Architectures of somatic genomic rearrangement in human cancer amplicons at sequence-level resolution

Bignell, Graham R., Santarius, Thomas, Pole, Jessica C. M., Butler, Adam P., Perry, Janet, Pleasance, Erin, Greenman, Chris, Menzies, Andrew, Taylor, Sheila, Edkins, Sarah, Campbell, Peter, Quail, Michael, Plumb, Bob, Matthews, Lucy, McLay, Kirsten, Edwards, Paul A. W., Rogers, Jane, Wooster, Richard, Futreal, P. Andrew and Stratton, Michael R. (2007) Architectures of somatic genomic rearrangement in human cancer amplicons at sequence-level resolution. Genome Research, 17 (9). pp. 1296-1303. ISSN 1088-9051

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For decades, cytogenetic studies have demonstrated that somatically acquired structural rearrangements of the genome are a common feature of most classes of human cancer. However, the characteristics of these rearrangements at sequence-level resolution have thus far been subject to very limited description. One process that is dependent upon somatic genome rearrangement is gene amplification, a mechanism often exploited by cancer cells to increase copy number and hence expression of dominantly acting cancer genes. The mechanisms underlying gene amplification are complex but must involve chromosome breakage and rejoining. We sequenced 133 different genomic rearrangements identified within four cancer amplicons involving the frequently amplified cancer genes MYC, MYCN, and ERBB2. The observed architectures of rearrangement were diverse and highly distinctive, with evidence for sister chromatid breakage–fusion–bridge cycles, formation and reinsertion of double minutes, and the presence of bizarre clusters of small genomic fragments. There were characteristic features of sequences at the breakage–fusion junctions, indicating roles for nonhomologous end joining and homologous recombination-mediated repair mechanisms together with nontemplated DNA synthesis. Evidence was also found for sequence-dependent variation in susceptibility of the genome to somatic rearrangement. The results therefore provide insights into the DNA breakage and repair processes operative in somatic genome rearrangement and illustrate how the evolutionary histories of individual cancers can be reconstructed from large-scale cancer genome sequencing.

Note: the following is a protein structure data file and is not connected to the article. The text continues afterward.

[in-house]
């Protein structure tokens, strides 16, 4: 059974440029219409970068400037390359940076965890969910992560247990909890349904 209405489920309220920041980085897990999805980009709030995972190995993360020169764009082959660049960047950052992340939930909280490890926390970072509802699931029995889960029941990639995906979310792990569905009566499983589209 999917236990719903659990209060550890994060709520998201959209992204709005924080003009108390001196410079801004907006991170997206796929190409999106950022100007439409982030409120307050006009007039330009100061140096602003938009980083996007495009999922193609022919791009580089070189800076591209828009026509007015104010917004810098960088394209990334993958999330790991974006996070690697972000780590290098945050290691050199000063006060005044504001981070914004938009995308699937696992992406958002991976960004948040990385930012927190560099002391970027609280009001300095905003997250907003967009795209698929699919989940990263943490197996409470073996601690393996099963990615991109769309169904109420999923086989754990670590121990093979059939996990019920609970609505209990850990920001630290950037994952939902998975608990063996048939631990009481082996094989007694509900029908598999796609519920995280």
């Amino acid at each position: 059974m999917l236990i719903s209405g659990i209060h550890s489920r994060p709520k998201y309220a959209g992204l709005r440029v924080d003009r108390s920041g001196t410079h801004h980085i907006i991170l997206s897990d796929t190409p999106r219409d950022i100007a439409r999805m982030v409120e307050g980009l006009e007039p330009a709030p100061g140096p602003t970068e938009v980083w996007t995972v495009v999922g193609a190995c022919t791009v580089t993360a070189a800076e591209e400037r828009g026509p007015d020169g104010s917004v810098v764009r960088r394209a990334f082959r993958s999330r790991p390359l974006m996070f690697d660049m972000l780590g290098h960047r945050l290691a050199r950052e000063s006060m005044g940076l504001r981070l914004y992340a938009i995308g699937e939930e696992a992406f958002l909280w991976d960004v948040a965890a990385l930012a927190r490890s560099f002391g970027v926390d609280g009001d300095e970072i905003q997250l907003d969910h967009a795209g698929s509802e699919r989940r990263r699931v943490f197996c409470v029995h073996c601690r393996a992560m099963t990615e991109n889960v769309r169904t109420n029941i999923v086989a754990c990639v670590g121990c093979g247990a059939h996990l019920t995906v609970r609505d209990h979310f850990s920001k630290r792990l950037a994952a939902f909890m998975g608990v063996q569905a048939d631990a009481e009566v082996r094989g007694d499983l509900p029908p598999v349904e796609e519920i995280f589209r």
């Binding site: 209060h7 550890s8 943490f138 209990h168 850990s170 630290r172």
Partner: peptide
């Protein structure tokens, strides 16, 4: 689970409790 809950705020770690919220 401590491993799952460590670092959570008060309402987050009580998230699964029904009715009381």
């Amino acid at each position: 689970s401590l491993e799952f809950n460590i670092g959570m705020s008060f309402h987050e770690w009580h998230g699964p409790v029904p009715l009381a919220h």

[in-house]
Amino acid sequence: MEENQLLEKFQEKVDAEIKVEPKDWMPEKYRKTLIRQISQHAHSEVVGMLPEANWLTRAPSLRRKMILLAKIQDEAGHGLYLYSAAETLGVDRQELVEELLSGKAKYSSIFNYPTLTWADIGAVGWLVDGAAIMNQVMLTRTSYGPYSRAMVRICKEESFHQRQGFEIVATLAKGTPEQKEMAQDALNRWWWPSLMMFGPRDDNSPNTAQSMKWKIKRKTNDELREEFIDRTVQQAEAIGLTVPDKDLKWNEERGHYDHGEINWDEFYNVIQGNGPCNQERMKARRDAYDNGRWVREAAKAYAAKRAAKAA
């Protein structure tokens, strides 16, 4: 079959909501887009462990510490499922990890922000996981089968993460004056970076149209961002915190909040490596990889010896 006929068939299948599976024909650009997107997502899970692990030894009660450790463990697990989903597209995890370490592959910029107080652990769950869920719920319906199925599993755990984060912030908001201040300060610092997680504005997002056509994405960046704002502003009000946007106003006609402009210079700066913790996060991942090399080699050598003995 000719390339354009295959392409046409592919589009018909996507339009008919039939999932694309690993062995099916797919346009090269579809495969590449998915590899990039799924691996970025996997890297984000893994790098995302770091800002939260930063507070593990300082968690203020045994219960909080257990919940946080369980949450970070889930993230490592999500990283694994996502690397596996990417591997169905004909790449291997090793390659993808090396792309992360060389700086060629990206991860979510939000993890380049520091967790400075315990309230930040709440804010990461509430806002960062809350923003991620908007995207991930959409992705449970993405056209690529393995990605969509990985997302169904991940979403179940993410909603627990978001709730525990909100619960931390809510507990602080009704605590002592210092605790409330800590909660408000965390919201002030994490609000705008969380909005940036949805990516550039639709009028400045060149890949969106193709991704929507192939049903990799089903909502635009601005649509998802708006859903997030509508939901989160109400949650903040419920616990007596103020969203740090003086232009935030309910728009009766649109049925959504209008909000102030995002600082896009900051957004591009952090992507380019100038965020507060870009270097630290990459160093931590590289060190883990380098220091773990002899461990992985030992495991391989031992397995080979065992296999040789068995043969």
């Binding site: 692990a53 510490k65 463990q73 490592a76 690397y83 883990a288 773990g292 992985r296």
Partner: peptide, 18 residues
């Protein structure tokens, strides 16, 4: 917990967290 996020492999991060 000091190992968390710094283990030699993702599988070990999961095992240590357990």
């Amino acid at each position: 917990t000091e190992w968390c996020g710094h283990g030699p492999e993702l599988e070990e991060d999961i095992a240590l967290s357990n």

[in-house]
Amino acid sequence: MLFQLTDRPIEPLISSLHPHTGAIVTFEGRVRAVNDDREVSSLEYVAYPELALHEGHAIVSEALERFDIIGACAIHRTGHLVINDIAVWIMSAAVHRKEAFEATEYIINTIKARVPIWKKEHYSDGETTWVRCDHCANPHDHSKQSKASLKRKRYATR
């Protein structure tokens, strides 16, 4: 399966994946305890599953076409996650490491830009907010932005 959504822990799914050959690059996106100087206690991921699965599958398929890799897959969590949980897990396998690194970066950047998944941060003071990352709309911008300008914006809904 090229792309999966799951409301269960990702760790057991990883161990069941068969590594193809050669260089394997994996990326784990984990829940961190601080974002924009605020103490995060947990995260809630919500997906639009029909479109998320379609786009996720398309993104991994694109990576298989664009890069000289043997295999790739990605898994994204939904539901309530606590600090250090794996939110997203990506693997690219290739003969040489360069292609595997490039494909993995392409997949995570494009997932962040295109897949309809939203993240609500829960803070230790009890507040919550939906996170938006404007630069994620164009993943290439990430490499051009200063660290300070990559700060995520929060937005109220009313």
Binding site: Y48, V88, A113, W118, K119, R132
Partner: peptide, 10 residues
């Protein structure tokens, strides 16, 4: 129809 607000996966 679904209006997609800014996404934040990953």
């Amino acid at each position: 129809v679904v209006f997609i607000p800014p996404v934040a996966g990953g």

Item Type: Article
Uncontrolled Keywords: sdg 3 - good health and well-being ,/dk/atira/pure/sustainabledevelopmentgoals/good_health_and_well_being
Faculty \ School: Faculty of Science > School of Computing Sciences

University of East Anglia > Faculty of Science > Research Groups > Computational Biology (subgroups are shown below) > Analysis and models of genomic variation
Depositing User: Pure Connector
Date Deposited: 04 Jul 2014 12:45
Last Modified: 24 Oct 2022 06:25
DOI: 10.1101/gr.6522707

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